Slow Boat to Indo-China

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Abandoning the number headings ’cause it’s too hard to remember what day it is. Deb last wrote about our final day in Chiang Mai, next we spent 9 hours on a bus heading to the north until we hit the Mekong river which at this location forms a border with Laos.

We went through the usual customs & immigration and caught a ferry (small leaky dinghy) across in the rain. On the Laos side was a small border town with a few small hostels & cafes and many backpackers. That night we found a cafe on the river and had a steamboat BBQ (delicious) and made some new friends, a frenchman named (naturally) Jean-Luc and his chinese wife of 6 months, Pauline. I was next informed by my intrepid leader that we would be spending the next 2 days on a boat going down (up?) the Mekong into central Laos to visit the old capital of Luang Prabang.

The 1st day was pretty uneventful and a little uncomfortable as it rained most of the day. The boat wasn’t too bad (’cause I was expecting worse) but after 8 hours and sharing with 40 odd backpackers (mainly french) we had enough. We pulled in to a small village Pak Beng for the evening and had a very nice evening with jean-Luc & Pauline. Next day was a more comfortable boat with a kiosk and this held about 140 people. No rain so we were able to enjoy the scenery along the way. 8 hours later we arrived in Luang Prabang which I have to say is nice little town with a very french provincial feel to it. The hostels & restaurants vary from basic backpacker level to some quite upmarket boutiques.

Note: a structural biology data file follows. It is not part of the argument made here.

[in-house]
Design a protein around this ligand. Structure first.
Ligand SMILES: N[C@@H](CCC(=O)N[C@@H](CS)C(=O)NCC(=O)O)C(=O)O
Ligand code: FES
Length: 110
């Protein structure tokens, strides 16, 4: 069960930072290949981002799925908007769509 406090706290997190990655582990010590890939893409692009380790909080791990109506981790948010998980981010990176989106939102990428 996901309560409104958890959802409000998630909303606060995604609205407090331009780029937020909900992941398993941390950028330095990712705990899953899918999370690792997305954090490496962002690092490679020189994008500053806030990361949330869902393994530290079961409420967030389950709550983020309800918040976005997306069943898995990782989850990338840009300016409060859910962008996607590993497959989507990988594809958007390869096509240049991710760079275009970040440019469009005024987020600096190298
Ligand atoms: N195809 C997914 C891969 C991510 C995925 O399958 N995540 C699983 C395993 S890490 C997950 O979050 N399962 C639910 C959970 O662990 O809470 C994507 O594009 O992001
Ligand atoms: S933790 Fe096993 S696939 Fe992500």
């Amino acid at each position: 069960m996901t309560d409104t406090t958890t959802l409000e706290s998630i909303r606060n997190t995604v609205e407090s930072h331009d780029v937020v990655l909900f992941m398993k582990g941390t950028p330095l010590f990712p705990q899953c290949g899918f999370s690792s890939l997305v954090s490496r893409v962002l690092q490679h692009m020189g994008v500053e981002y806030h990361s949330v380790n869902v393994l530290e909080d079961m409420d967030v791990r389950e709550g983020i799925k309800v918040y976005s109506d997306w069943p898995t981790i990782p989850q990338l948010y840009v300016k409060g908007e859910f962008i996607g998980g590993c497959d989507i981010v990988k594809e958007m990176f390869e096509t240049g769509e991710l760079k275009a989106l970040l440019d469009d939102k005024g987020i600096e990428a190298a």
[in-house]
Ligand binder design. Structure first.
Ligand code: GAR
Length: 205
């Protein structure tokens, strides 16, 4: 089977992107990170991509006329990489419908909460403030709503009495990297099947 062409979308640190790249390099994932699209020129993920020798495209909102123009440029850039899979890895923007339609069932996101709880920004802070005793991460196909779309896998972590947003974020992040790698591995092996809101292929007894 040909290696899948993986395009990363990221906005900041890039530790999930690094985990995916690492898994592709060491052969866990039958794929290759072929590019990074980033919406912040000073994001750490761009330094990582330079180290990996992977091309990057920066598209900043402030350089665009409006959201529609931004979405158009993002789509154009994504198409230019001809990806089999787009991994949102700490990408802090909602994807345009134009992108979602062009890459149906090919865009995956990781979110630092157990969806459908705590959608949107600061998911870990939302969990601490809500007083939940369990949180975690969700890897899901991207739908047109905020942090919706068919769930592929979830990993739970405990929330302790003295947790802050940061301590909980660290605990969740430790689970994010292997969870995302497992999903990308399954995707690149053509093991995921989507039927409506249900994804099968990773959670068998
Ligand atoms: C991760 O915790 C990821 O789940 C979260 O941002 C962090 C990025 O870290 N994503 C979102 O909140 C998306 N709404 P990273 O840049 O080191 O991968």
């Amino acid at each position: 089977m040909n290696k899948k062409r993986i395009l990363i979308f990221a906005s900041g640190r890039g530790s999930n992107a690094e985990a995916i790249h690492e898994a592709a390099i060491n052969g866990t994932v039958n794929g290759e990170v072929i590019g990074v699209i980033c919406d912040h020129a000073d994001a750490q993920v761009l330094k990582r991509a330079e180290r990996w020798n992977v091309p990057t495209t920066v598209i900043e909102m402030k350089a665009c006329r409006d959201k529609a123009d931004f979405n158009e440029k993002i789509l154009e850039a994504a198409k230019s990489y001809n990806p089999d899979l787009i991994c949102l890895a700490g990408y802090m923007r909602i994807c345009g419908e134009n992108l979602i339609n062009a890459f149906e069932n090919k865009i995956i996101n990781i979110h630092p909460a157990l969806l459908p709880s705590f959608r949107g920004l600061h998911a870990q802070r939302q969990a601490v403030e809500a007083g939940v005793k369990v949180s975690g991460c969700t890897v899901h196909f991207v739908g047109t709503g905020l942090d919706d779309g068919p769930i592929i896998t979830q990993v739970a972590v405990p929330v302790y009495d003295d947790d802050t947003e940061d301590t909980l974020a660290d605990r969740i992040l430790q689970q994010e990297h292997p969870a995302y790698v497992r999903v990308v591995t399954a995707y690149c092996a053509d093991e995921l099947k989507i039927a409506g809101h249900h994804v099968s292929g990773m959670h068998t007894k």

Our hostel is a good 10 minute walk down the main street & away from the main tourist area. I think Deb’s thinking was it would be quieter there……wrong. Across the road from us is a large (of the many) temple and monastery whose inhabitants daily life start at 4:00am with the ringing of bells/banging of drums….oh well. They have a parade down the main drag every morning called ‘the giving of alms’ where basically the locals ( some tourists) bow, prey and donate rice & whatever as they march past with their baskets, hoping to shoot this tomorrow before we leave town.

First day here we hired a boat (after 2 days on a river we wanted more?) who took us to a couple of villages where they manufacture handicrafts like textiles and paper products and then ended up at a temple atop one of the highest points in the area. Back in town in the arvo I think we were both a little dehydrated as it was an extremely hot day, so after a cool drink in a cafe we headed back to our room for cold showers & sleep. Next day we joined a group (mainly french) going on a tuk tuk to Kouangxi Waterfall which is easily the most breathtaking waterfall I have been to. Not because of its height or power like Niagra, but because it is spread out through a large area and flows over many levels some of which form swimming pools. As you walk along the track or swim in the pools you don’t feels so much as you are looking but more immersed in the waterfall. It is all around you, in fact i had a slight feel of being in a water theme park but it is entirely natural.

One habit I had neglected to tell you Deb & I have acquired is the almost daily ritual of having a massage. We have tried all the different ones available on the menu like Thai, oil, pressure point, relaxing. Today I think we’ll go for the scrub….and guys before you ask, no there has been no ‘happy ending’ massages. Today is our last day here and it is raining so we are taking the opportunity to blog, email, do washing etc. before heading out tomorrow morning for Phonsovan.

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